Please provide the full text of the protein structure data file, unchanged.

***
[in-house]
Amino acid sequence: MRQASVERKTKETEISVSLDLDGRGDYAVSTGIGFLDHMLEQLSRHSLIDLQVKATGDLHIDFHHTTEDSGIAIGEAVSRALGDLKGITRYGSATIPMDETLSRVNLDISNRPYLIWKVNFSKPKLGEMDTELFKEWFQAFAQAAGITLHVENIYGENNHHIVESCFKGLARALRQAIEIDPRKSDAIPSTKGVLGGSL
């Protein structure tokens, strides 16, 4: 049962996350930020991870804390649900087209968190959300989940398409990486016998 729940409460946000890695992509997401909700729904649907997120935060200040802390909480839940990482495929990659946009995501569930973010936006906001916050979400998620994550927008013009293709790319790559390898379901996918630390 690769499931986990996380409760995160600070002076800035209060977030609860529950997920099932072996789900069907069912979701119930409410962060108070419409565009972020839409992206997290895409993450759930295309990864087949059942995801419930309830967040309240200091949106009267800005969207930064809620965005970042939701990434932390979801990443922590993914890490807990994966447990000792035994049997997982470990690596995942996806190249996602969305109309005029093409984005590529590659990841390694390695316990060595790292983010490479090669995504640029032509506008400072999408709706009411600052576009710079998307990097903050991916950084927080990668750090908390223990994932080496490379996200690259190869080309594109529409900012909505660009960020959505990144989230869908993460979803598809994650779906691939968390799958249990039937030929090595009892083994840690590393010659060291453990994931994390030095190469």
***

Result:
[in-house]
Amino acid sequence: MRQASVERKTKETEISVSLDLDGRGDYAVSTGIGFLDHMLEQLSRHSLIDLQVKATGDLHIDFHHTTEDSGIAIGEAVSRALGDLKGITRYGSATIPMDETLSRVNLDISNRPYLIWKVNFSKPKLGEMDTELFKEWFQAFAQAAGITLHVENIYGENNHHIVESCFKGLARALRQAIEIDPRKSDAIPSTKGVLGGSL
């Protein structure tokens, strides 16, 4: 049962996350930020991870804390649900087209968190959300989940398409990486016998 729940409460946000890695992509997401909700729904649907997120935060200040802390909480839940990482495929990659946009995501569930973010936006906001916050979400998620994550927008013009293709790319790559390898379901996918630390 690769499931986990996380409760995160600070002076800035209060977030609860529950997920099932072996789900069907069912979701119930409410962060108070419409565009972020839409992206997290895409993450759930295309990864087949059942995801419930309830967040309240200091949106009267800005969207930064809620965005970042939701990434932390979801990443922590993914890490807990994966447990000792035994049997997982470990690596995942996806190249996602969305109309005029093409984005590529590659990841390694390695316990060595790292983010490479090669995504640029032509506008400072999408709706009411600052576009710079998307990097903050991916950084927080990668750090908390223990994932080496490379996200690259190869080309594109529409900012909505660009960020959505990144989230869908993460979803598809994650779906691939968390799958249990039937030929090595009892083994840690590393010659060291453990994931994390030095190469």